IT News is all about government intervention today.
Leading with stories on the London Taxi blockade and the likely unpopular stance of the AIIA to recommend not introducing legislation to address the so-called “Australia tax” on IT products and services.
It all comes back to innovation. Uber, who the Taxi drivers are complaining about, is innovating. They’ve developed a high quality service that customers want. They are disrupting an industry. They are doing what every management consultant has been telling them to do (though I’m not suggesting that’s why they’re doing it).
As usual, their competitors want protection from the government. Which seems unfair and all very anti-competative of the taxi drivers but I understand where they are coming from. They don’t just want protection – they want protection in exchange for the all of the regulation they have had to endure in the past:
“Why, asked the drivers, is Uber allowed to compete in an industry that is otherwise highly regulated?”
Fair point. Previous legislation has an impact of future expectations – remember that.
Back here in Australia, where Microsoft has admitted it is engaging in the horrendous crime of “charging what Australians could bear” – AIIA is recognising that legislation that caps prices will just as likely cause exits from the market as it will cause lower prices. Just like minimum wage legislation – however desirable in its intended outcome – can’t help but cause jobs to disappear.
But what if it’s not just that Australia can bear higher prices? What if this just plays to our pride in being a lucky and prosperous country? What if Australia’s payment of higher prices reflects an innovation challenge?
It’s not all about price elasticity. There is another major competitive force at work here – the threat of alternatives. Perhaps the reason Australia appears to bear higher prices isn’t because of the prosperity of the lucky country no matter how much we want to believe it.
Perhaps Australia is paying more for IT products and services because our knowledge of alternatives is less.
I’m a happy Apple customer so I’m not knocking Apple products at all. But Apple was slow to make a dent in the Asian market because there are so many other options there. Success in Australia’s limited option market probably helps fund expansion into Asia (speculation).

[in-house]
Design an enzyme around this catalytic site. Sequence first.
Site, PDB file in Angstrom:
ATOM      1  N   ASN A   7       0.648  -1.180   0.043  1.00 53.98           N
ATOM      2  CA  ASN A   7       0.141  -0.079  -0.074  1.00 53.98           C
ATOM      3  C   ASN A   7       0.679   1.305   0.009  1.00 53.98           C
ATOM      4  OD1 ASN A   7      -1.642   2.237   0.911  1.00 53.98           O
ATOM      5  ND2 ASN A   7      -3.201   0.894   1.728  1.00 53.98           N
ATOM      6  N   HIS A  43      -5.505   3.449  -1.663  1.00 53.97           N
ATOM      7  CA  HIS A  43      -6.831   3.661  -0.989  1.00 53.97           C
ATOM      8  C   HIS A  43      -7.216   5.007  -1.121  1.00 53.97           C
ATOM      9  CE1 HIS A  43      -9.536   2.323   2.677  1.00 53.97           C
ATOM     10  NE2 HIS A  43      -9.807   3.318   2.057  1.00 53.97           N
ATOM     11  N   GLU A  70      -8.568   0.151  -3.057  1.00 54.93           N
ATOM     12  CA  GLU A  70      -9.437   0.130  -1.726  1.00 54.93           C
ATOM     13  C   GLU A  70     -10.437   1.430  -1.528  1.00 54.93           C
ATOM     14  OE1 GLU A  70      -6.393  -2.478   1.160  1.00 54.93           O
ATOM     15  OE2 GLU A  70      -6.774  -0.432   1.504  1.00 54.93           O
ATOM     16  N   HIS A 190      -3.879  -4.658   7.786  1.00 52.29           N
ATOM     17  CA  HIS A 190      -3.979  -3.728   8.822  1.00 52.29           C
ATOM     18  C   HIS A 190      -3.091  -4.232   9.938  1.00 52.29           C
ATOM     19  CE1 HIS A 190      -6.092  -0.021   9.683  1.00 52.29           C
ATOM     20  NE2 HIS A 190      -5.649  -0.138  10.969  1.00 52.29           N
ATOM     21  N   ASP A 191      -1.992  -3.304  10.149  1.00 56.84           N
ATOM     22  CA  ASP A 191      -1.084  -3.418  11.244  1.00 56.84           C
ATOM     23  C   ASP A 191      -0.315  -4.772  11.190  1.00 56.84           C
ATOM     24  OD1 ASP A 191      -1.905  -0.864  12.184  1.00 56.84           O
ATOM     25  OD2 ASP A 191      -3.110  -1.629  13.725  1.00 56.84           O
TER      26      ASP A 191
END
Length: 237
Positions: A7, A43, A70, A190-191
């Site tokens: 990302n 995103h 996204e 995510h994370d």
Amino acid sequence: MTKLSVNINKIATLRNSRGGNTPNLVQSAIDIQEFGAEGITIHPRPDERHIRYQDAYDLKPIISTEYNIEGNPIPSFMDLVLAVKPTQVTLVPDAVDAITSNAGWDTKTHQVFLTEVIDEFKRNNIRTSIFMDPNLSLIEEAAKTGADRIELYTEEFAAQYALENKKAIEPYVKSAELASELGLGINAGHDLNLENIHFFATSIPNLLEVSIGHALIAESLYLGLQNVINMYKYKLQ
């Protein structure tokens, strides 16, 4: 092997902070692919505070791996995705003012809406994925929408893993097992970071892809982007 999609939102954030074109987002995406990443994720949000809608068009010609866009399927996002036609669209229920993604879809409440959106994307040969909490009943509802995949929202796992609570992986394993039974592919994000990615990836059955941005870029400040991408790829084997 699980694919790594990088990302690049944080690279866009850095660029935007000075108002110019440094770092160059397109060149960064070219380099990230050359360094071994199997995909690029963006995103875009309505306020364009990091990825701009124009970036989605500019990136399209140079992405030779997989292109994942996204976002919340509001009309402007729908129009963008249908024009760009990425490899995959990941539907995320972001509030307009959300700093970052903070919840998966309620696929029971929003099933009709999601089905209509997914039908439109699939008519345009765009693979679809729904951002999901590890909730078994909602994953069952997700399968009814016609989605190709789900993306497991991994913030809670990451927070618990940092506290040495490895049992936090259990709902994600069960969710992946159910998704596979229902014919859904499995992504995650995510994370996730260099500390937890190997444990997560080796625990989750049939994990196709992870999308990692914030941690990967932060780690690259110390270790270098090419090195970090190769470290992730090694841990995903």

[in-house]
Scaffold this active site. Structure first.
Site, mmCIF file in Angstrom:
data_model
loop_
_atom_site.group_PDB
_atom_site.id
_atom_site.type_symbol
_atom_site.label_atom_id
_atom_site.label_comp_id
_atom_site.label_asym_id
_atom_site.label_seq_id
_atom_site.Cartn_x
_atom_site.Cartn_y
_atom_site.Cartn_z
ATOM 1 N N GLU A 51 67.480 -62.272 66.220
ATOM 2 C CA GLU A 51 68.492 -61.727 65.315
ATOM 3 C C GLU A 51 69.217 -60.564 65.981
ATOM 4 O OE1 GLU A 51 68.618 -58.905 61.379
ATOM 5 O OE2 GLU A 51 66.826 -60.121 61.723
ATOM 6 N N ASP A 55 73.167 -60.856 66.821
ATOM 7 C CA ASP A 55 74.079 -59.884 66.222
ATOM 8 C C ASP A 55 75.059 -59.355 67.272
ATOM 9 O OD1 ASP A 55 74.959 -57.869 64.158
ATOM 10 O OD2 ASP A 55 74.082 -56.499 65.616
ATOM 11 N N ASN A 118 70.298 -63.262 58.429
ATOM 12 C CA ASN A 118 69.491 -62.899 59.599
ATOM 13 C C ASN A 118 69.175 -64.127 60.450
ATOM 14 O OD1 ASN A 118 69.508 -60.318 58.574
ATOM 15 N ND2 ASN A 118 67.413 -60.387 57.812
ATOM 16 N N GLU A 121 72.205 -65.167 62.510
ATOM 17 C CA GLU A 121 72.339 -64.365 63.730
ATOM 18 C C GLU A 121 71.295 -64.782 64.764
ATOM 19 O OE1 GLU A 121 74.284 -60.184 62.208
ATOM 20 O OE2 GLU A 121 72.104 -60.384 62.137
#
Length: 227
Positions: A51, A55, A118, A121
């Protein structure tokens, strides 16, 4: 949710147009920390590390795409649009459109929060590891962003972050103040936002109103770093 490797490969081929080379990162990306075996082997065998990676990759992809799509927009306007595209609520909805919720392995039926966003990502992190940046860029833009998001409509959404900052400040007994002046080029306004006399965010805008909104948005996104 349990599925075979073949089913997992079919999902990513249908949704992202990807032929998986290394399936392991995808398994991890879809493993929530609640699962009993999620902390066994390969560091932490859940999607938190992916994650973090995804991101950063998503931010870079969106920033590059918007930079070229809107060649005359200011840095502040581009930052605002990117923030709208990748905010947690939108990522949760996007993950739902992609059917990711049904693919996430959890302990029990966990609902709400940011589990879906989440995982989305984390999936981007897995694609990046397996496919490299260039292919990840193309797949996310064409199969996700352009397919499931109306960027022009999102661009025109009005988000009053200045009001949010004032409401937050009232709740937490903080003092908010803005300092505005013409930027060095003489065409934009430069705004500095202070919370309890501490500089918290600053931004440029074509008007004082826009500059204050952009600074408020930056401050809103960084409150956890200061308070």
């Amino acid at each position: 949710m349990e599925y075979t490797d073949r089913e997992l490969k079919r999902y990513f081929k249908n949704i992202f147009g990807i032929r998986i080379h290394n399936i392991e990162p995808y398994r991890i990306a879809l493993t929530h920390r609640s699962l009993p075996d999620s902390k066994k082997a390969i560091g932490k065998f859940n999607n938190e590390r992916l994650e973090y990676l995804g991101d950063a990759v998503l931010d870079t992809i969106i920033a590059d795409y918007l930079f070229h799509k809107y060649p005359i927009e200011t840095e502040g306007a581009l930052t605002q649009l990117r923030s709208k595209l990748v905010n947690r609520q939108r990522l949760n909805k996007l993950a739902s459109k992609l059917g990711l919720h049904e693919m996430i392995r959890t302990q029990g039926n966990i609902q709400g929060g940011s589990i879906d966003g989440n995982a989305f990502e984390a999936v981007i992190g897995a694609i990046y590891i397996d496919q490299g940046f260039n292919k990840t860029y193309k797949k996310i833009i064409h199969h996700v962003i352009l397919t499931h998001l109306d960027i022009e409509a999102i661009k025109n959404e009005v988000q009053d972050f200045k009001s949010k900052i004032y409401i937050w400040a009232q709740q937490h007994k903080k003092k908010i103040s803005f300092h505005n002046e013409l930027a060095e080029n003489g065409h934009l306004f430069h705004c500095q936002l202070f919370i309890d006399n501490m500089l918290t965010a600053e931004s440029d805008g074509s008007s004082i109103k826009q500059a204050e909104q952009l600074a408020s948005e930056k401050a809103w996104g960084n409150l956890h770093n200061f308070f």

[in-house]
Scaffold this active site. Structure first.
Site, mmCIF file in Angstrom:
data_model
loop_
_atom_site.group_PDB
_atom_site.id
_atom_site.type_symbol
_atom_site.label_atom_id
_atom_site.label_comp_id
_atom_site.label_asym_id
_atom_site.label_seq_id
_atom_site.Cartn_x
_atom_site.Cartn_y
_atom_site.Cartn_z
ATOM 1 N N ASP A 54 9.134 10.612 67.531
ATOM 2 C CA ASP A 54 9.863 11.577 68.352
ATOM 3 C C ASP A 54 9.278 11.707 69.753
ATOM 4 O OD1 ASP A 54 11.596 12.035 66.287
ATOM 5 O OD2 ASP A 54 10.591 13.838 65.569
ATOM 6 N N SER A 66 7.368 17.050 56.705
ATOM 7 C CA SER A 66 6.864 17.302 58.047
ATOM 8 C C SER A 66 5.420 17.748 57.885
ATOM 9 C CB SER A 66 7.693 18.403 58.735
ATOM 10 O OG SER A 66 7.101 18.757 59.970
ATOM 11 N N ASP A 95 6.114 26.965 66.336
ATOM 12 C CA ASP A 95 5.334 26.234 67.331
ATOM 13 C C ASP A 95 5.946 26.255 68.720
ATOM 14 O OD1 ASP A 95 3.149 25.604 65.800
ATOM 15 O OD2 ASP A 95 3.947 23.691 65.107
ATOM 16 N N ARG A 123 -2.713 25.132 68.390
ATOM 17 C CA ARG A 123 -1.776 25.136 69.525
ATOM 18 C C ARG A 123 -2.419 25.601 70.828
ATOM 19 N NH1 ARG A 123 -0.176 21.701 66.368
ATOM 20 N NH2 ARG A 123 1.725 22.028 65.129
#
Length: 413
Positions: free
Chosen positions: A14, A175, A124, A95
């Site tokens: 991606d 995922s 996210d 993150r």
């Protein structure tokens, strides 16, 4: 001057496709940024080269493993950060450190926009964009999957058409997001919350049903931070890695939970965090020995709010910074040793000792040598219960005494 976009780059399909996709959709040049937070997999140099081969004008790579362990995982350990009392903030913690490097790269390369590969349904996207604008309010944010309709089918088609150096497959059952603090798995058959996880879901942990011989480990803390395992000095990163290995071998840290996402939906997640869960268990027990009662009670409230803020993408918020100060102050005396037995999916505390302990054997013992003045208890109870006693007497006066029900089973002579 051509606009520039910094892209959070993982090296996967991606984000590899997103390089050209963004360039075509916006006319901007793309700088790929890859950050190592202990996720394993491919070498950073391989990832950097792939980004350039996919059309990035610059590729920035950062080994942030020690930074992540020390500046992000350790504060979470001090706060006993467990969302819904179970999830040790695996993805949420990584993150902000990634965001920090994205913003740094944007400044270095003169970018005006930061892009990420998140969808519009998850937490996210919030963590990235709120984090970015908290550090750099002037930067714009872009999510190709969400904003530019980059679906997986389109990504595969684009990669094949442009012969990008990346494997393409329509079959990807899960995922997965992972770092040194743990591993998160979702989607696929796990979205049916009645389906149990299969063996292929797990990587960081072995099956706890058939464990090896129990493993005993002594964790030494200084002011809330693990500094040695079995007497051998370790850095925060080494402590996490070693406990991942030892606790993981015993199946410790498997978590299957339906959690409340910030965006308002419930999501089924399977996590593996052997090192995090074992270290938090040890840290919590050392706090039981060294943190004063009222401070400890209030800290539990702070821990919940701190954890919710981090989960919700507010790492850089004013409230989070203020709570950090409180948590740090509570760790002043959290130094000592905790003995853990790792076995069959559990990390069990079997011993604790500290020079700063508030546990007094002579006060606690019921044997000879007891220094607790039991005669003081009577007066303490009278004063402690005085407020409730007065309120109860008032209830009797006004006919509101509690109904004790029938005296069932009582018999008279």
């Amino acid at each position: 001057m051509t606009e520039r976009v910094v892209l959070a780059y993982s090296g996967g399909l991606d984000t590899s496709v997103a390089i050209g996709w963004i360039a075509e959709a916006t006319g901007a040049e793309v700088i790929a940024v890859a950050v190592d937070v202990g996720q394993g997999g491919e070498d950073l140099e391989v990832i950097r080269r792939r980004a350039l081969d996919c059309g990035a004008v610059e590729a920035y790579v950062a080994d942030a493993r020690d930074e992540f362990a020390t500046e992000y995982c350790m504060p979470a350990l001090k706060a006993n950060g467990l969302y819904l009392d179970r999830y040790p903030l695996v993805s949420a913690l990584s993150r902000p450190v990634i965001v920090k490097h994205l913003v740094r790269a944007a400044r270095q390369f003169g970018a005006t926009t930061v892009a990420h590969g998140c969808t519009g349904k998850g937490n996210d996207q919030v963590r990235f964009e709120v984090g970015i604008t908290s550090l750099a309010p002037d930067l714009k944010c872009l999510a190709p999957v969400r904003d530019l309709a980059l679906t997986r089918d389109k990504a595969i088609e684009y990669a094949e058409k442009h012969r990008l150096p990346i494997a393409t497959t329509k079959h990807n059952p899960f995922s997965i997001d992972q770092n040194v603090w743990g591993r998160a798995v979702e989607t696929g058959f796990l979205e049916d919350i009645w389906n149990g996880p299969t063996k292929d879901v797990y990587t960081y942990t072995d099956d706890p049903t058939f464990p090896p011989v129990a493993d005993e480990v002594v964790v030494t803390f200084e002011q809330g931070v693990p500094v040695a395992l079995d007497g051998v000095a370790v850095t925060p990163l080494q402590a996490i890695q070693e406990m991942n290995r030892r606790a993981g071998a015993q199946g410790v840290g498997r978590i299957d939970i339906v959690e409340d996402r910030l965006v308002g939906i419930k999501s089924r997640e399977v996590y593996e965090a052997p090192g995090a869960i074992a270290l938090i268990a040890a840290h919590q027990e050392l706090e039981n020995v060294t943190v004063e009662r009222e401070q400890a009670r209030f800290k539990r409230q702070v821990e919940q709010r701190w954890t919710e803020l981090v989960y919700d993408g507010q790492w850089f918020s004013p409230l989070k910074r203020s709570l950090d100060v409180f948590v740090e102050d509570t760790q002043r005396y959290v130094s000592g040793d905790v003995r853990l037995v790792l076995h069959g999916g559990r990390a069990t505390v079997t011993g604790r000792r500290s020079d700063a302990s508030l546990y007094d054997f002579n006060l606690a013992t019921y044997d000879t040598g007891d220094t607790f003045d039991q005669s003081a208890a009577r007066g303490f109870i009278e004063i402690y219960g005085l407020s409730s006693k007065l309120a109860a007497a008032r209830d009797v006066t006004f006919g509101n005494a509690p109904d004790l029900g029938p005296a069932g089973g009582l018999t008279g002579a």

Knowledge and availability of alternatives is an important force in competition and therefore prices. I’d argue that availability isn’t a problem in Australia (though it might be if you tried to regular price) but rather the problem is knowledge of alternatives.
I’m not just talking about alternatives to Microsoft Office like OpenOffice, LibreOffice, Google Doc, etc. I’m talk about alternatives to Microsoft Office like focusing on the content! Like not needing to write a long complex document to get things done. Like maybe using Photoshop instead and creating something a little more visual.
I’m also talking about alternatives like experimenting with your digital channels to try out new integrations with your customers using the devices they already use. Rather than writing an internal document to explain to a disengaged management team something they should already know. Take that team to a customer site. Or at least show them the data you have collected about in-store traffic flow.
AIIA has the right idea. The legislative framework needs to create the environment for innovation here in Australia. Not to try and protect us from the companies we freely purchase products and services from. The Australian response doesn’t always have to be legislate, or boycott, or feel helpless. Sometimes it has to be – innovate.